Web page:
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Trump spokesman defends ‘lynching’ remark: ‘Let’s talk about what the president has done for African-Americans’

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White House deputy spokesperson Hogan Gidley on Tuesday defended President Donald Trump, who recently compared his ongoing impeachment inquiry to a lynching.

Trump made the comparison on Twitter, where he wrote: “All Republicans must remember what they are witnessing here – a lynching. But we will WIN!”

Gidley was asked about the remark during an appearance on Fox News.

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“The president has used many words all kinds of language to talk about the way the media has treated him since the moment he came down the golden escalator,” Gidley said dismissively. “The president is working for the American people and that’s what this is about. An unfair secretive process for the Democrats. If you are pulled over for a traffic ticket you get more due process.”

Fox News host Sandra Smith asked Gidley if the president would consider taking down the tweet since African-American lawmakers have expressed outrage.

“Let’s talk about what the president has actually done for the African-American community as opposed to so many who just talk about it,” Gidley snapped. “This president has done more to lift the lives of all Americans than anybody else. He is not going to take a back seat to anybody. This relentless attacks from the mainstream media have got to stop. They knew exactly what he was talking about here. He was very clear.”

“Would the president ever consider that maybe it was a poor choice of words and maybe rephrase his wording on impeachment?” Smith pressed.

Gidley said that he had not spoken to the president about the tweet.

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“I can speak about poor choices, what the media tries to do to him every day,” the White House spokesperson complained. “The president wasn’t trying to compare himself to the horrific history in this country at all.”

“What he was trying to point out clearly was that he has been attacked relentlessly by the mainstream media without cause, without evidence since the day he took over in this office,” he concluded.

Watch the video below from Fox News.

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Google tightens political ads policy in effort to stop abuse

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Google on Wednesday updated how it handles political ads as online platforms remain under pressure to avoid being used to spread misleading information intended to influence voters.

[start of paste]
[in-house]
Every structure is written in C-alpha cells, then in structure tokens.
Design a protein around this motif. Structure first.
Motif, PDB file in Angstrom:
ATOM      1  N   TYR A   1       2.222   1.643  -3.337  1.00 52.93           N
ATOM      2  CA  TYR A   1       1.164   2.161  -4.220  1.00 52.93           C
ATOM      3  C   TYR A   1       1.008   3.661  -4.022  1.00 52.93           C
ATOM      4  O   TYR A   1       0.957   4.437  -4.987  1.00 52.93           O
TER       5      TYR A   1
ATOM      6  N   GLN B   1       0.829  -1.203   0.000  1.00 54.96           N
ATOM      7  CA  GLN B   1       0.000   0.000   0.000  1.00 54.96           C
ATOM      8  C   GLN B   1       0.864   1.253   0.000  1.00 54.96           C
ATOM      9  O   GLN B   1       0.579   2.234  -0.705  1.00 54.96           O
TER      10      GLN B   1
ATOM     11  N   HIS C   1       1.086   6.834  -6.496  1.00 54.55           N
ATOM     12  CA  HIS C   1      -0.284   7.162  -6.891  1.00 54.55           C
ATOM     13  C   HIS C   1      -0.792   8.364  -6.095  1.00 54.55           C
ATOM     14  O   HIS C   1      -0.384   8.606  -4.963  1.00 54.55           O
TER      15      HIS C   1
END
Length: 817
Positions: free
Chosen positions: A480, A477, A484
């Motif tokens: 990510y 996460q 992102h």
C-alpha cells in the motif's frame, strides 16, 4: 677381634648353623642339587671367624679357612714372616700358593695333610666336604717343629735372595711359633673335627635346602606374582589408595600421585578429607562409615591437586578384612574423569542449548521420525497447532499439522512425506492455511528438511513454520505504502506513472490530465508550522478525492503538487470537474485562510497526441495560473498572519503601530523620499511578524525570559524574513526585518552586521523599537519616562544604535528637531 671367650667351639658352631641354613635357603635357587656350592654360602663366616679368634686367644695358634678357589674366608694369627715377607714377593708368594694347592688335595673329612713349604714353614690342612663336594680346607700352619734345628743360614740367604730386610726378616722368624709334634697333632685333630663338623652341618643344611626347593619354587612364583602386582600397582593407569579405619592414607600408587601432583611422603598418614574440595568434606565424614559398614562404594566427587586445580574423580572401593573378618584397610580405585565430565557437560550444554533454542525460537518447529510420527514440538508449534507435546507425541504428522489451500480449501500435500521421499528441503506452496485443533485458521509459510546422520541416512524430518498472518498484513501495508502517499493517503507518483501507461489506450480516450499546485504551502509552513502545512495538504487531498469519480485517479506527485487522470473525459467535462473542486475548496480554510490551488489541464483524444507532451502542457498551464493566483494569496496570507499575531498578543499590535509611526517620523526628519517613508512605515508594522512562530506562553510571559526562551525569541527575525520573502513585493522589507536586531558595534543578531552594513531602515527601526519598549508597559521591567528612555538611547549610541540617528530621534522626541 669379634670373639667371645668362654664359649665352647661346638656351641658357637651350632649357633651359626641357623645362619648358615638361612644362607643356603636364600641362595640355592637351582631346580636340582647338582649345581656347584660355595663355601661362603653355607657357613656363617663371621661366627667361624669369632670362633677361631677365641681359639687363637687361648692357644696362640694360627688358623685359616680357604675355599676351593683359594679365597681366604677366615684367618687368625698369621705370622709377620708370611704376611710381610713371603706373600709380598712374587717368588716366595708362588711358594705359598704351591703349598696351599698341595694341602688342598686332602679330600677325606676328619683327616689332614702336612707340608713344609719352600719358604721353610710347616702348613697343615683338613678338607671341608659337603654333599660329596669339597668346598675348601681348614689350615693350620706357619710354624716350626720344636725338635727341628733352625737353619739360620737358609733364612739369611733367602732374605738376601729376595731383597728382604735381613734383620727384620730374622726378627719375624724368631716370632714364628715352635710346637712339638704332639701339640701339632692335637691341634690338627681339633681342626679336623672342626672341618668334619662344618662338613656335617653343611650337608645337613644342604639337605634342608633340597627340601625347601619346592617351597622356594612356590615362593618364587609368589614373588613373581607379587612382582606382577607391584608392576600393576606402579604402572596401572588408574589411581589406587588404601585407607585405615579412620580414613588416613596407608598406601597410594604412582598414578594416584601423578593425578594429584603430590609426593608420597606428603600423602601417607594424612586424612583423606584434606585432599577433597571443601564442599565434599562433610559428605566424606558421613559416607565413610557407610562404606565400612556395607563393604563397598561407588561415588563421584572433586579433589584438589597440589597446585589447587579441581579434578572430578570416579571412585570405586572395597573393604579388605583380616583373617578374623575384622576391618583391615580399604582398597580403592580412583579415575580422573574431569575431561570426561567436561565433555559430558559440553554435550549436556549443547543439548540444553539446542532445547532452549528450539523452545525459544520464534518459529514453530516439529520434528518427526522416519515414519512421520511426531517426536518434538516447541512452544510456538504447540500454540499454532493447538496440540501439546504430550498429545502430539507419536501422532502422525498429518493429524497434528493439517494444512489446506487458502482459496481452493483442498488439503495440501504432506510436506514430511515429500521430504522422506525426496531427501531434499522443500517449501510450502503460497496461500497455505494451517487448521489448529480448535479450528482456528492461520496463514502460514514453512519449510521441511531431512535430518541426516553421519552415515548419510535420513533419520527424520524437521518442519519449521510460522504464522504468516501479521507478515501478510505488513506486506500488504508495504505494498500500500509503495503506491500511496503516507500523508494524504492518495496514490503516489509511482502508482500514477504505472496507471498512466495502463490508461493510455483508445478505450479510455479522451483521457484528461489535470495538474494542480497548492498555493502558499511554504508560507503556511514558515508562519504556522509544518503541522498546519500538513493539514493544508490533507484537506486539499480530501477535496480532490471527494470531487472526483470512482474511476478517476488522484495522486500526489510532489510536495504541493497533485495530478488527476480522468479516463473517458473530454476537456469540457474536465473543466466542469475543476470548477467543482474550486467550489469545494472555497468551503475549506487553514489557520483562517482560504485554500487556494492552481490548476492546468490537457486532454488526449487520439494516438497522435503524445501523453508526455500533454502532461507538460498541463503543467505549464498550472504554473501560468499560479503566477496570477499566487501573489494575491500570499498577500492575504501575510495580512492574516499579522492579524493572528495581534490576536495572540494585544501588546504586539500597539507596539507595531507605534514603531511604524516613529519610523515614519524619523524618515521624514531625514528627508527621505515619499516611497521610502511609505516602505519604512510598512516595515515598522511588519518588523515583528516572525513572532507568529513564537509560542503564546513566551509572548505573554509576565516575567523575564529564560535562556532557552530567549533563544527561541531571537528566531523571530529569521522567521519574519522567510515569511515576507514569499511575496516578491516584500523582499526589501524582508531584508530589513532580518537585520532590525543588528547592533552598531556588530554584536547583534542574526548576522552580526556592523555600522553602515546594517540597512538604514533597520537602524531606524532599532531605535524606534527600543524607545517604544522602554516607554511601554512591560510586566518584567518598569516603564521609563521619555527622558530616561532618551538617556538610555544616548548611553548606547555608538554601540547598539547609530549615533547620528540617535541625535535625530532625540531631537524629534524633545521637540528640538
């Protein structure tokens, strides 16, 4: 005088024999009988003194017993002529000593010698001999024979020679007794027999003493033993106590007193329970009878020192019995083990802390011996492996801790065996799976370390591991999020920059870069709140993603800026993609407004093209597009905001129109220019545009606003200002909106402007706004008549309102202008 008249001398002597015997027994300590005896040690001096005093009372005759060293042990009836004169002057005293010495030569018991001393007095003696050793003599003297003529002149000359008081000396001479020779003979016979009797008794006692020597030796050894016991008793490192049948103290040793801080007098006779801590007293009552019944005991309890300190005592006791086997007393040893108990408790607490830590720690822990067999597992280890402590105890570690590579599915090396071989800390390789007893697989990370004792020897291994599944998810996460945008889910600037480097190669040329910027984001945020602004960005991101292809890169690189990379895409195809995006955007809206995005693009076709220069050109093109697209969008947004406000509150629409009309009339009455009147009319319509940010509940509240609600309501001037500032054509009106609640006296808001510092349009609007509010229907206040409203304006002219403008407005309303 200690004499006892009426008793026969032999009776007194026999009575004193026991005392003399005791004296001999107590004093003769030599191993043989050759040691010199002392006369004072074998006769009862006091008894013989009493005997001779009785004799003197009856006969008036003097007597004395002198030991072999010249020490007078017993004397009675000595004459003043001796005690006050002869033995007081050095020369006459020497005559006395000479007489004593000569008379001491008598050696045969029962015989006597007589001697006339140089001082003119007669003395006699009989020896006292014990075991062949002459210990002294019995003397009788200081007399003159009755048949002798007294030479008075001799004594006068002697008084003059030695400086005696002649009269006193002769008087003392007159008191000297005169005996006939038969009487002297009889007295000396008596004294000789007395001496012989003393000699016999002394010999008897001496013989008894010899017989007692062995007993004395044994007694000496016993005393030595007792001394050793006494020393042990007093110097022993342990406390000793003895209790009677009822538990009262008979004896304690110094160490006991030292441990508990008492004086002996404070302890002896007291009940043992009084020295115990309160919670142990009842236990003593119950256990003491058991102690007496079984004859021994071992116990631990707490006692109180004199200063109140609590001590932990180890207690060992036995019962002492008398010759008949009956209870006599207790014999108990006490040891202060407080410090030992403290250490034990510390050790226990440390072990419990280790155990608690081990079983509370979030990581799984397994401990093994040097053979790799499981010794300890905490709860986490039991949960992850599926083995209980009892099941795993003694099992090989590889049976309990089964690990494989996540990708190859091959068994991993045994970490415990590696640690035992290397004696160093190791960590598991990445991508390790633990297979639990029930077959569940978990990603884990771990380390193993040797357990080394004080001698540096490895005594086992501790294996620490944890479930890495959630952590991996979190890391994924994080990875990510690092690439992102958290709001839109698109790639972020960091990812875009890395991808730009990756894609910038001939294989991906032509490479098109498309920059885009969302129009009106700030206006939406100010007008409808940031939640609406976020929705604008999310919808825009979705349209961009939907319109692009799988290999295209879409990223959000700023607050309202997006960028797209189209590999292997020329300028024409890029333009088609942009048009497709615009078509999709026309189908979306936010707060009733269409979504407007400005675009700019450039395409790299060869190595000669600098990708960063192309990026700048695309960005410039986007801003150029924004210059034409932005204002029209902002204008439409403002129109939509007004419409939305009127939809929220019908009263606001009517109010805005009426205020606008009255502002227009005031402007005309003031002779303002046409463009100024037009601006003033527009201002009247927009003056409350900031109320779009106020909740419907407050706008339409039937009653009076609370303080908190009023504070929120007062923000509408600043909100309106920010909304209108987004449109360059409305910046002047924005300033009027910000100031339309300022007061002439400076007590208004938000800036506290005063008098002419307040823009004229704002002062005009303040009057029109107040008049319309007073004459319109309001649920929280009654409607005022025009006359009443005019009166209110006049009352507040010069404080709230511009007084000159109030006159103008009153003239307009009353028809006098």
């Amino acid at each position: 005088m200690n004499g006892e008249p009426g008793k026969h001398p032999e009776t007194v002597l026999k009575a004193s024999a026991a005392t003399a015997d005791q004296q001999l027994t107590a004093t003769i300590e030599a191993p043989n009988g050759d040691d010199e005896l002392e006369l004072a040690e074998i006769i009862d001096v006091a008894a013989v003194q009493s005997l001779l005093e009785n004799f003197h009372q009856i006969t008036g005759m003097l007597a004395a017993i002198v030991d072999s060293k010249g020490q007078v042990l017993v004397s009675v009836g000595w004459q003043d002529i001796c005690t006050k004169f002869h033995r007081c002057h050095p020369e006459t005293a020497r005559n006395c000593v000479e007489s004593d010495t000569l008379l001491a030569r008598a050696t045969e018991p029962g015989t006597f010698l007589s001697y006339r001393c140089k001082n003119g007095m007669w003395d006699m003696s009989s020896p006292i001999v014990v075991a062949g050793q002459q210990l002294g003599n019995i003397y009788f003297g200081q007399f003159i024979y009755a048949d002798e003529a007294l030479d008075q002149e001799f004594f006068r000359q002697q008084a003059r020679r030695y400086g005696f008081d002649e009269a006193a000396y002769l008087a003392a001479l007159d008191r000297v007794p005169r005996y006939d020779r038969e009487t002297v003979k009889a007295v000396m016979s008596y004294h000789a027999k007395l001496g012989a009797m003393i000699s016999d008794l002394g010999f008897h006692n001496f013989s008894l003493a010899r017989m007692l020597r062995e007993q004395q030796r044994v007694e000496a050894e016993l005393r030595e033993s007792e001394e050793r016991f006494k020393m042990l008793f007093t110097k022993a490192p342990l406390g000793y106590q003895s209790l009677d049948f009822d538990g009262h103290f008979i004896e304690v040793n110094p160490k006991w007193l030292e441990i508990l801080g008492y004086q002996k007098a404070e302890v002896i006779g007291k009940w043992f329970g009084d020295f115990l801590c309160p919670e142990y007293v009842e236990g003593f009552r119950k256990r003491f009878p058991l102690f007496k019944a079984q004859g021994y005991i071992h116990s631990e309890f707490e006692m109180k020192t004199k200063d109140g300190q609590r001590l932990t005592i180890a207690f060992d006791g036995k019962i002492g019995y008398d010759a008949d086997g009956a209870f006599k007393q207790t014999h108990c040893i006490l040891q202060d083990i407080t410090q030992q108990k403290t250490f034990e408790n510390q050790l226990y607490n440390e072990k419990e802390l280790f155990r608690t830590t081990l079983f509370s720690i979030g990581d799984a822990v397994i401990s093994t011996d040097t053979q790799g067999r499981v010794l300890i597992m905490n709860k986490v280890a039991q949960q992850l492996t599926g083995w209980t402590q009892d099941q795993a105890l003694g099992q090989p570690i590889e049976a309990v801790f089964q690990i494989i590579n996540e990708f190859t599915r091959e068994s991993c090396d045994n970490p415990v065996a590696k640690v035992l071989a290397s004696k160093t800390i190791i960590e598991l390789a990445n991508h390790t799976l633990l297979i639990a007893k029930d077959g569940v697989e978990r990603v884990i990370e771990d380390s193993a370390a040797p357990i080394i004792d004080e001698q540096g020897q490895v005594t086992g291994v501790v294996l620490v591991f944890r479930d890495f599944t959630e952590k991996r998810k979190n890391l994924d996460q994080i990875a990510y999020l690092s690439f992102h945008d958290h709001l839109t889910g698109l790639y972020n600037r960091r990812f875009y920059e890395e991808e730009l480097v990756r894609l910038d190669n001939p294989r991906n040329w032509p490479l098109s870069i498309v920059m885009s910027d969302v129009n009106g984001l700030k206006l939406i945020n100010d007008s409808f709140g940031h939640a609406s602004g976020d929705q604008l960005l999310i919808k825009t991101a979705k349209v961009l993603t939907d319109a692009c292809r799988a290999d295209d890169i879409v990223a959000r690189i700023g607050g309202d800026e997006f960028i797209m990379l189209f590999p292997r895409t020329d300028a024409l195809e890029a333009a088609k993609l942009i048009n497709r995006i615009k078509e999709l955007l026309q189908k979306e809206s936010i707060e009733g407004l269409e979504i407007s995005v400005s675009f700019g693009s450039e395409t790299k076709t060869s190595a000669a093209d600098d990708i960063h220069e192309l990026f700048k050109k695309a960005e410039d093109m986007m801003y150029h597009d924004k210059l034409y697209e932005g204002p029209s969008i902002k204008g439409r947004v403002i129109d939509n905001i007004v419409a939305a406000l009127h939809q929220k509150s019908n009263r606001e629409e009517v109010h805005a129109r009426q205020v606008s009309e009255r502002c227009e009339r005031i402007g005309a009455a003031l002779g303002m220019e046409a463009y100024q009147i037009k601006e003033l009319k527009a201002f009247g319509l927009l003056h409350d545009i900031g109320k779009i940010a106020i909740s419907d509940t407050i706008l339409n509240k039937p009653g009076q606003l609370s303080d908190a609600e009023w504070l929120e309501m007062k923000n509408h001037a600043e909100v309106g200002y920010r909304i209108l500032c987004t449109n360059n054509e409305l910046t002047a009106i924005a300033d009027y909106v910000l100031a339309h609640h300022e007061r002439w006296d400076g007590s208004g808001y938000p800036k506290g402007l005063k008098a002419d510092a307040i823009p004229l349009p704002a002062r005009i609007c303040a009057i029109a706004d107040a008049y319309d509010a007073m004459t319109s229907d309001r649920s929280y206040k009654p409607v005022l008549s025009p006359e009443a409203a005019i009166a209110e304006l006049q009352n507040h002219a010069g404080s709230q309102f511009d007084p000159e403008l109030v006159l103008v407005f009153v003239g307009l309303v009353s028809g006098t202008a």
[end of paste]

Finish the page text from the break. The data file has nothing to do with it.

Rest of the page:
The internet company said its rules already ban any advertiser, including those with political messages, from lying in ads. But it is making its policy more clear and adding examples of how that prohibits content such as doctored or manipulated images or video.

"It's against our policies for any advertiser to make a false claim -- whether it's a claim about the price of a chair or a claim that you can vote by text message, that election day is postponed, or that a candidate has died," Google ads product management vice president Scott Spencer said in an online post.

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Pope Francis begins Asia tour with visit to Buddhist temple

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Pope Francis will visit one of Thailand's famed gilded temples Thursday to meet the supreme Buddhist patriarch, on the first full day of his Asian tour aimed at promoting religious harmony.

The 82-year-old pontiff is on his first visit to Buddhist majority Thailand, where he will spend four days before setting off to Japan.

His packed schedule a day after touching down in Bangkok includes a meeting with the king and the prime minister before leading an evening mass expected to draw tens of thousands of people from across Thailand, where just over 0.5 percent of the population is Catholic.

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Hong Kong campus stalemate persists while US congress passes bill of support for democracy protesters

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Hardline Hong Kong protesters held their ground on Thursday in a university besieged for days by police as the US passed a bill lauding the city's pro-democracy movement, setting up a likely clash between Washington and Beijing.

Beijing did not immediately respond to the passage in Washington of the Hong Kong Human Rights and Democracy Act, which voices strong support for the "democratic aspirations of the Hong Kong people."

But China had already threatened retaliation if the bill is signed into law by President Donald Trump, and state-run media warned Thursday the legislation would not prevent Beijing from intervening forcefully to stop the "mess" gripping the financial hub.

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